By asking if there was a problem, you alert the customer to the fact that something is amiss. And by starting with the premise that the server must have done something wrong, you avoid putting the customer on the defensive. I realize that servers are human and bound to make an occasional mistake. When they do, I point it out and give them a chance to correct it. As a customer, if I make a gaffe I'd like the same opporunity to fix it.

                          3 Replies
                          1. re: alanbarnes

                            This has actually been helpful to me for future reference. I once rather severely undertipped a perfectly competent, pleasant waitress just through having bad math skills, and didn't realize it until much later when I dug the credit card slip out of my wallet. (I think it was $10 less than it should have been, on a $75 total, which means I really screwed up.) It was a couple of days later and I didn't remember her name. I didn't know what to do, so I did nothing, but have regretted it ever since. I wish someone had pointed it out to me at the time. (Maybe I got pilloried on bitterwaitress.com -- certainly I deserved it...)

                            1. re: misterbrucie

                              One of these sites (don't recall the name) was actually posting the names and credit card numbers of bad tippers a couple of years ago. I don't know if it is still going on but it is no wonder people have charges show up unexpectedly on their credit cards when stuff like that goes on.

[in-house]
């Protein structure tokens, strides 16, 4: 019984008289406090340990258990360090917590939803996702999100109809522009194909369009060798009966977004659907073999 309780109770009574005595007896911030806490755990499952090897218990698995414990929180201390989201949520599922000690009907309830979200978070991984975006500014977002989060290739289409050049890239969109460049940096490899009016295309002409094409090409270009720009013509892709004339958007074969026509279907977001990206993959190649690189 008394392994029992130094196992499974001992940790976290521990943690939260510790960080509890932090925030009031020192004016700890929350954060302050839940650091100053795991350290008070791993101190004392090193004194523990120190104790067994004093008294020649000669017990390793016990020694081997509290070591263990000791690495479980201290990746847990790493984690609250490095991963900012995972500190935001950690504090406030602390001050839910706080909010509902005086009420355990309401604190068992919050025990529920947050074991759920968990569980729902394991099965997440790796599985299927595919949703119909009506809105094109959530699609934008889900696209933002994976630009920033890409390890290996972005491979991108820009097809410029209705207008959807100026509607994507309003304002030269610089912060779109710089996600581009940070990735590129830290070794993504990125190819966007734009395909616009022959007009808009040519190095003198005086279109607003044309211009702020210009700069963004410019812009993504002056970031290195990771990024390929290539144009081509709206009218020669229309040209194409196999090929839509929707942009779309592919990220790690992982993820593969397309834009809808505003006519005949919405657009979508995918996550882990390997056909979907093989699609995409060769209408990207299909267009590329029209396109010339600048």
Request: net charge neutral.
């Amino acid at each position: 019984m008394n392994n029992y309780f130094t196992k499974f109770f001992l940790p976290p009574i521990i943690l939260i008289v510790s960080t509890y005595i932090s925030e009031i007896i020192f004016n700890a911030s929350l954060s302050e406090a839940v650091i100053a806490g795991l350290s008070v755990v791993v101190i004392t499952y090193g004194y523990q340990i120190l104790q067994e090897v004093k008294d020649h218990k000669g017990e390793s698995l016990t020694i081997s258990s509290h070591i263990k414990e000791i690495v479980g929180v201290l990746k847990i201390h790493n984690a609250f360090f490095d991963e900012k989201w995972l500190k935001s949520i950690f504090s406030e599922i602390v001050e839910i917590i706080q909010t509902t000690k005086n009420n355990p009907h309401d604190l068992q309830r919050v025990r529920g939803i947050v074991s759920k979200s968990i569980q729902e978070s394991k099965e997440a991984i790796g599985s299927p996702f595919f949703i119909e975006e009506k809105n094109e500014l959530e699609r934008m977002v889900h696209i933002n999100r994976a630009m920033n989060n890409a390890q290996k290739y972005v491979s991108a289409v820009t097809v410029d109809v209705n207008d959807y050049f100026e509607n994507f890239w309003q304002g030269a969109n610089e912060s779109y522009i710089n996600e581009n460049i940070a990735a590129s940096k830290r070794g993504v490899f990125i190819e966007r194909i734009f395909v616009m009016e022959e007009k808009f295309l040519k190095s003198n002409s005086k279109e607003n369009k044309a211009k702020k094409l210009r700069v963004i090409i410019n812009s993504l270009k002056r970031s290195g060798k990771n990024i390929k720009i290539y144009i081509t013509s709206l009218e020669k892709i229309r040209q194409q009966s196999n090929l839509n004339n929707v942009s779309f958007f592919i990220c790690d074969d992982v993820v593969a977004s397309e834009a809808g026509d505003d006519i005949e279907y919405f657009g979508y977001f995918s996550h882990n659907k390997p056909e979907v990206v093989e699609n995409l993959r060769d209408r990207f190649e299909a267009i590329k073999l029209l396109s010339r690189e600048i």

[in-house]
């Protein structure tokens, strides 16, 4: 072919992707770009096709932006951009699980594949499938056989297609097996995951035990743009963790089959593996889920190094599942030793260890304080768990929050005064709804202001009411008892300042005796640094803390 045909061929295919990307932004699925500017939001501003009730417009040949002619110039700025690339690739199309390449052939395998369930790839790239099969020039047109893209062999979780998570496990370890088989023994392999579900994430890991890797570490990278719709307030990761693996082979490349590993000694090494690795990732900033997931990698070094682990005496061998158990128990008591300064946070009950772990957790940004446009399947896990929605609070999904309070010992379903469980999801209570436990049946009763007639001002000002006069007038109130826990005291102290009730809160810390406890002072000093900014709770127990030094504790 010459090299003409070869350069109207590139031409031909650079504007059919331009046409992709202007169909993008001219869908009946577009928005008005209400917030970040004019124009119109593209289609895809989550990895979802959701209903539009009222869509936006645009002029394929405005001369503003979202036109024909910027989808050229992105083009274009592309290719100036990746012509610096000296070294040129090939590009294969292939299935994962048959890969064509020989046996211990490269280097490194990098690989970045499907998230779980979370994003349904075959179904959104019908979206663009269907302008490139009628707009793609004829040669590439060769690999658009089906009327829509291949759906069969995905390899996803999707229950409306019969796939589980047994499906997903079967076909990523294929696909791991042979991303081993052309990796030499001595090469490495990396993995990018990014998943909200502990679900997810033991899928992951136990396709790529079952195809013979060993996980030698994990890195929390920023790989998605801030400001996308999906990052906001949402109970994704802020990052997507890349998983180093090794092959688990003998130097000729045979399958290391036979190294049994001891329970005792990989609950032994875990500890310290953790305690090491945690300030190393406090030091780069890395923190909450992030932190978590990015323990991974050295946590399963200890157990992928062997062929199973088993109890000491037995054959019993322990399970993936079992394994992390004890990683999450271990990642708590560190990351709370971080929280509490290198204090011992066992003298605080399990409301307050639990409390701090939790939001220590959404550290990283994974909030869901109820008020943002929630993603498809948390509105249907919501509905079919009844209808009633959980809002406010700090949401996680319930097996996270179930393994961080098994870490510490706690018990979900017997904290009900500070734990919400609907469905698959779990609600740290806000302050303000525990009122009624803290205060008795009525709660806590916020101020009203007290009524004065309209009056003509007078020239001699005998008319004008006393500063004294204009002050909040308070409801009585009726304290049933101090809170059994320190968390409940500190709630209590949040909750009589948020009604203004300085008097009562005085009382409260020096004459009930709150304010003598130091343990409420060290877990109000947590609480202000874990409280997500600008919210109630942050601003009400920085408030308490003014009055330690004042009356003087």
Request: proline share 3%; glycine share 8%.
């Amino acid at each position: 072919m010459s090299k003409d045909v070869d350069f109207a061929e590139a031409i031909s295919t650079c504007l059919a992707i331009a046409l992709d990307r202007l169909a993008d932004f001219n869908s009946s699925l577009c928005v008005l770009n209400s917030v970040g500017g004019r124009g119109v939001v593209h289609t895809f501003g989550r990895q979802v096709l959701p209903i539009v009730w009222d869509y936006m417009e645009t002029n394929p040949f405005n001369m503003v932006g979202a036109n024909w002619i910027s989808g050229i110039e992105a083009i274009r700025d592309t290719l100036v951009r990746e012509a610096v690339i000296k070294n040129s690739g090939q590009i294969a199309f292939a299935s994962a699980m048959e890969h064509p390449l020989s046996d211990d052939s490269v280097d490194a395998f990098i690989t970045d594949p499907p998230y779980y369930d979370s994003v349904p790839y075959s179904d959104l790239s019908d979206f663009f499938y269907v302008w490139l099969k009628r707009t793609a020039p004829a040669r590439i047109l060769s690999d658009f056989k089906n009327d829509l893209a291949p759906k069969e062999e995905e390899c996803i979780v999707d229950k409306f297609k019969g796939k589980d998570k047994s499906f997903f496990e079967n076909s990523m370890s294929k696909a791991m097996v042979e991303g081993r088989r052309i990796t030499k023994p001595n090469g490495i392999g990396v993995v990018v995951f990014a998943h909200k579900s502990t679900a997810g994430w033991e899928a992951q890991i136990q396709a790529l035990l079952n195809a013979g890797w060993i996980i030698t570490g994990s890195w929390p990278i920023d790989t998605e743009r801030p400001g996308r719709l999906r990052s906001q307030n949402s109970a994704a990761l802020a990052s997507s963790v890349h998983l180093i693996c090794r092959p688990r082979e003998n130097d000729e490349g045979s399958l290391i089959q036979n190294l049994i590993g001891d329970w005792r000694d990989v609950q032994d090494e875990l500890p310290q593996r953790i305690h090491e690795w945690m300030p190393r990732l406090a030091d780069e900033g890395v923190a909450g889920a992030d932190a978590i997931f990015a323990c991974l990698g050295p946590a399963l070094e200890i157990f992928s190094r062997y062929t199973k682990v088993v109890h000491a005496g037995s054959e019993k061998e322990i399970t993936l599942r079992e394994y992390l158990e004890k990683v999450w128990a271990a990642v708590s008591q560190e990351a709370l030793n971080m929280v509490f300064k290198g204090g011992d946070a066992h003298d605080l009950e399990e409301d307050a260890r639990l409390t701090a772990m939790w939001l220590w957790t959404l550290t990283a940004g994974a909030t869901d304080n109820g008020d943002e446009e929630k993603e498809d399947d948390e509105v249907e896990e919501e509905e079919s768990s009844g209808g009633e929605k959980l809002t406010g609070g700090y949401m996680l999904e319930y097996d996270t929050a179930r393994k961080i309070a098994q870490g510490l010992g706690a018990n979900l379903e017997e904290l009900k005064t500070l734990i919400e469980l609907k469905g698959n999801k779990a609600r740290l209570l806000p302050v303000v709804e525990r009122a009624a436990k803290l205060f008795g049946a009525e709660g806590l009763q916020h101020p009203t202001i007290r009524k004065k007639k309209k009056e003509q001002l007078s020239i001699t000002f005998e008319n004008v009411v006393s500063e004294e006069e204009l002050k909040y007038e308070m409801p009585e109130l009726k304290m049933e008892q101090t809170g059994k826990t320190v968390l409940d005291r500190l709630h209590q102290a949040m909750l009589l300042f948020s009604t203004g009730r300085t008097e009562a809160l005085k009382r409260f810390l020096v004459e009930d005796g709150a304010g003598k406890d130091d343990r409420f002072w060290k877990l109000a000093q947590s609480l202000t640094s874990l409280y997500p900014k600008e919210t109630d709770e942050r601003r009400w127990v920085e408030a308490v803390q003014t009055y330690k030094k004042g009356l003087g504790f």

1. re: Hooda_Guest

                                (bitterwaitress allows people to post names but not CC numbers)

                          2. I'm glad this worked out. As a server, you usually will know if you messed something up or if you were just too busy to meet all of their demands. Oddly enough, the few times I really have messed up (a guest ordered Prime Rib, but in my head I kept thinking Ribeye, and that's what I sent him) my patrons were understanding and polite, still tipping over 20%. Of course, how you fix and handle the situation is part of it. So, I have realized that some people are simply bad tippers and there's nothing you could do. My own philosophy is to do my best. If I'm gonna go home with, say, 1/2 of what I usually make on a night, I'd much prefer it to be out of my control. I'd regret it if my laziness and sour attitude was making me broke. It still stings when someone shafts you, but what can you do?